Netflix’s 13 Reasons Why has faced controversy before for its portrayal of suicide, an extremely sensitive topic that is bound to touch a nerve no matter how its depicted. Now, the outcry around the show has peaked to such an extent that Netflix actually edited a graphic suicide scene from an episode.
What makes this decision rather unusual is that the scene was altered long after it originally aired on Netflix, but it’s also being done before Season 3 of the show airs later this summer.
What does the ’13 Reasons Why’ scene show?
This section may contain sensitive material.
The original scene came about halfway through the finale of season 1. We see Katherine Langford’s character Hannah looking at a mirror and then sitting in a bathtub. She takes a razor blade to her left wrist and slits it. The camera stays on Hannah as blood gushes from her wrist and she screams in pain. She gasps for air and dies, leaving her anguished family to discover her body. This version of the scene no longer appears on Netflix.
The new version of the scene shows Hannah looking at herself in the mirror but omits the cutting of her wrists and the immediate aftermath of the suicide. We next see her parents’ reaction.
Why Netflix removed the scene
Netflix listened to the advice of medical experts, and creator Brian Yorkey issued this statement:
“Our creative intent in portraying the ugly, painful reality of suicide in such graphic detail in season one was to tell the truth about the horror of such an act and make sure no one would ever wish to emulate it. But as we ready to launch season three, we have heard concerns about the scene from Dr. Christine Moutier at the American Foundation for Suicide Prevention and others, and have agreed with Netflix to re-edit it. No one scene is more important than the life of the show and its message that we must take better care of each other.”
The Hollywood Reporter also noted that Netflix will keep an eye out for copies of the original scene online to try to ensure no one sees it again.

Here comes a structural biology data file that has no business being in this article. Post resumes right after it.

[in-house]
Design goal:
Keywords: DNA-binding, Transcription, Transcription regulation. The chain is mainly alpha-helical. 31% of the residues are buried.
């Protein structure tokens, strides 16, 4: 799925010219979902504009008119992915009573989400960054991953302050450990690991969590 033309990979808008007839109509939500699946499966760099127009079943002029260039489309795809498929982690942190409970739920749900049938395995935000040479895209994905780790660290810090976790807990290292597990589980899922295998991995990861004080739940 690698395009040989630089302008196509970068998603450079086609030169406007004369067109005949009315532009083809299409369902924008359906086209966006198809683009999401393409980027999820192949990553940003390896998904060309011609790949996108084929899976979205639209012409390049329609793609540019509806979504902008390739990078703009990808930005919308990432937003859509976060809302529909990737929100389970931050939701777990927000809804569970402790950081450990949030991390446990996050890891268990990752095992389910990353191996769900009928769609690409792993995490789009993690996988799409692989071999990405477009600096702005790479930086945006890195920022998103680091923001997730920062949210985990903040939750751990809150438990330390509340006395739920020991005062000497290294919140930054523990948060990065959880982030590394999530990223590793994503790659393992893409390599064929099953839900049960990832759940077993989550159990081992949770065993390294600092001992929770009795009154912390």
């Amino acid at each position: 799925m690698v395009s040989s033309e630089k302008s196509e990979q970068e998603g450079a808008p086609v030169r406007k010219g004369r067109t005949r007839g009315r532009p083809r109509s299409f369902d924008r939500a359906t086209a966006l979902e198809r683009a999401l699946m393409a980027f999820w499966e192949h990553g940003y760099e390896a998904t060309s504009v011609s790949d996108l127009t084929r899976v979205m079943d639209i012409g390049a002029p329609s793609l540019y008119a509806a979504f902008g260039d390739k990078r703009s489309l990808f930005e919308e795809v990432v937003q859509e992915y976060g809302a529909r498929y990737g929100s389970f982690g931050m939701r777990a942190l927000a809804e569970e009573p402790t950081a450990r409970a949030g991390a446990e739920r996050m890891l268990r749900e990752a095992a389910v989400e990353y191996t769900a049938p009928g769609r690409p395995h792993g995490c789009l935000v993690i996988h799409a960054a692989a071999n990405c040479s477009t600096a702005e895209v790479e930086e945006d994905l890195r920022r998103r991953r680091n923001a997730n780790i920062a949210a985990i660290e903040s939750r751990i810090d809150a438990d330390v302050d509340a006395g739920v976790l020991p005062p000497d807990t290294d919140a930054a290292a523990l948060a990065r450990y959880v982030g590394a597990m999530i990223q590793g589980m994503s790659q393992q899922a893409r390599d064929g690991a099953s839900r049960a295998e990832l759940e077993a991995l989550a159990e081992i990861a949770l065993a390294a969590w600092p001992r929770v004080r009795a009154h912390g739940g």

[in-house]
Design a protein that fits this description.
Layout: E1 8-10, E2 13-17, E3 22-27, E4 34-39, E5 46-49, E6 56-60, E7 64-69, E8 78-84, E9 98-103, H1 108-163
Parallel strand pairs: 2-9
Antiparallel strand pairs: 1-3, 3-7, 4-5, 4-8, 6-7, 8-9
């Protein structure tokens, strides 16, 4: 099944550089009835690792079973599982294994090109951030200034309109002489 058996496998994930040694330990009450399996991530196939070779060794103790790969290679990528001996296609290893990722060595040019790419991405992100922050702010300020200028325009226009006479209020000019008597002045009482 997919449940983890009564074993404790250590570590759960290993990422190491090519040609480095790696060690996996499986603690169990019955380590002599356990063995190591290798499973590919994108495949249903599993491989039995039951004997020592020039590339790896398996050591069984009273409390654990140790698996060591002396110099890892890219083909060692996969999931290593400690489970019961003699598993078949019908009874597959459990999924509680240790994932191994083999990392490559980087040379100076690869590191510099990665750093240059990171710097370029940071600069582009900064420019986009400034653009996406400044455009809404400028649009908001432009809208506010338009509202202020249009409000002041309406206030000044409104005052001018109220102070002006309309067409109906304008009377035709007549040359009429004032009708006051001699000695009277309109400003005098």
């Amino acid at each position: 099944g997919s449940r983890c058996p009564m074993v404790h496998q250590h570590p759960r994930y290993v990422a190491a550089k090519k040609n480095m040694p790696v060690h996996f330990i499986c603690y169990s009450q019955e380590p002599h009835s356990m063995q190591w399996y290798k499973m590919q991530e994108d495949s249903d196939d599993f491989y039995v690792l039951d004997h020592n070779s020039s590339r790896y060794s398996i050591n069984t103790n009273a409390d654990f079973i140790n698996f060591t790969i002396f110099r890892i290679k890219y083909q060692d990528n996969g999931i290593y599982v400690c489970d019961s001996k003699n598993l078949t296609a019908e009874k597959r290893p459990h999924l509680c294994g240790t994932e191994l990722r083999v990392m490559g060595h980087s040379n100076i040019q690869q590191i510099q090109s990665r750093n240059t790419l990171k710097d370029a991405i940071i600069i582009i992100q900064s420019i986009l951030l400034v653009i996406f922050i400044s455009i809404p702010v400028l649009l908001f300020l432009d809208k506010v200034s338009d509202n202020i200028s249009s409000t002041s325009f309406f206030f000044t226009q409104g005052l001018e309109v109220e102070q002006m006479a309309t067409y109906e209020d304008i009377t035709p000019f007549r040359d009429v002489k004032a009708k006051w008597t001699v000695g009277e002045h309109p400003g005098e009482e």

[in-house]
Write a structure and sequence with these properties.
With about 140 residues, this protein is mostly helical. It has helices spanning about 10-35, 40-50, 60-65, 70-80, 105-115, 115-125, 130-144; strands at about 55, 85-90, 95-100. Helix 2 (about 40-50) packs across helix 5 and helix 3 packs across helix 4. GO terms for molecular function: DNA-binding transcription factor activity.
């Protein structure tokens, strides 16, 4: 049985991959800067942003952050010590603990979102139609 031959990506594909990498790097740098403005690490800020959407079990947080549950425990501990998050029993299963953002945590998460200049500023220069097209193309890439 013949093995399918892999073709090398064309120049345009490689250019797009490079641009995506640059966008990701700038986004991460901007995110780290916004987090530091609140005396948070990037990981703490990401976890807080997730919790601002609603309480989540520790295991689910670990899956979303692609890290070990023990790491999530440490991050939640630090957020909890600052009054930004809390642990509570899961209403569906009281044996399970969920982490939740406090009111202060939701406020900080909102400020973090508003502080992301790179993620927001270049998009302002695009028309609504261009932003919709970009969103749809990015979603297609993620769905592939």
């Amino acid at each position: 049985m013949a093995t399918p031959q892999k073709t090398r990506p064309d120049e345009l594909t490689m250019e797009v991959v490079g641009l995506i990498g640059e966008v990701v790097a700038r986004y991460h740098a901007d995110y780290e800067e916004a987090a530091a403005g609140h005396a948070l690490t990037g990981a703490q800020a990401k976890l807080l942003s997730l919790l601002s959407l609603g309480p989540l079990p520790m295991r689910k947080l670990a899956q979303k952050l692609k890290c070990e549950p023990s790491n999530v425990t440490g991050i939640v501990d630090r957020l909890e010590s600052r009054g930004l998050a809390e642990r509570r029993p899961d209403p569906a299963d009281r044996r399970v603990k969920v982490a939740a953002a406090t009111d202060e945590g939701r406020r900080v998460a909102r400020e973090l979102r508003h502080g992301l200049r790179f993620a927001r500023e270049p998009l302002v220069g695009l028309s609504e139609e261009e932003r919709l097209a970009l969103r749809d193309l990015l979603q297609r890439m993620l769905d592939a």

What did the experts tell Netflix?
The American Foundation for Suicide Prevention thanked Netflix for their actions, saying, “We applaud Netflix for making this decision and moving in a very important direction.”
Moutier, who is the chief medical officer for the American Foundation for Suicide Prevention, said her concerns were not so much that teens would imitate the scene, because suicide is not cause-and-effect behavior. Many experts agree that suicide is not prompted by any single factor but a continuum of events that drive a person to the ultimate despair.
“Any show, not on its own, isn’t necessarily going to kill people or save lives. But entertainment clearly has a role to play in shaping culture and attitudes,” Moutier said.
Did ’13 Reasons Why” increase suicide?
According to The Verge, a study showed that there was a 13 percent increase in teen suicides following the airing of 13 Reasons Why. While there was no concrete evidence the show itself was responsible, the edit was meant to reduce risk for particularly vulnerable teens.
Not everyone agreed with removing the scene. A Twitter user named Harley stated that the show “saved me from myself. Watching that heart breaking scene is exactly what kept me from taking my own life. To remove it is a great loss to the story. I’m very disappointed in Netflix.”
Typically, when a scene prompts controversy and its creators decide to edit that show, the edit usually takes place quickly. This case is unusual because the graphic scene in 13 Reasons Why was already more than two years old.
However, there were concerns that viewers who discovered the show later could be negatively impacted by the death scene.
In another controversy involving changes made long after the fact, Pixar edited out a “blooper” that had originally appeared in the credits of Toy Story 2. That scene showed the character Stinky Pete talking to two Barbie dolls suggestively and promising them parts in Toy Story 3. Pixar’s former chief, John Lasseter, had exited the company after complaints came to light about unwanted advances Lasseter had made. That scene had stayed in the movie for almost 20 years.
If you or someone you know is having thoughts of suicide, please call the National Suicide Prevention Lifeline at 1-800-273-8255, text “START” to Crisis Text Line at 741-741, or consider using the Lifeline Crisis Chat at www.crisischat.org.
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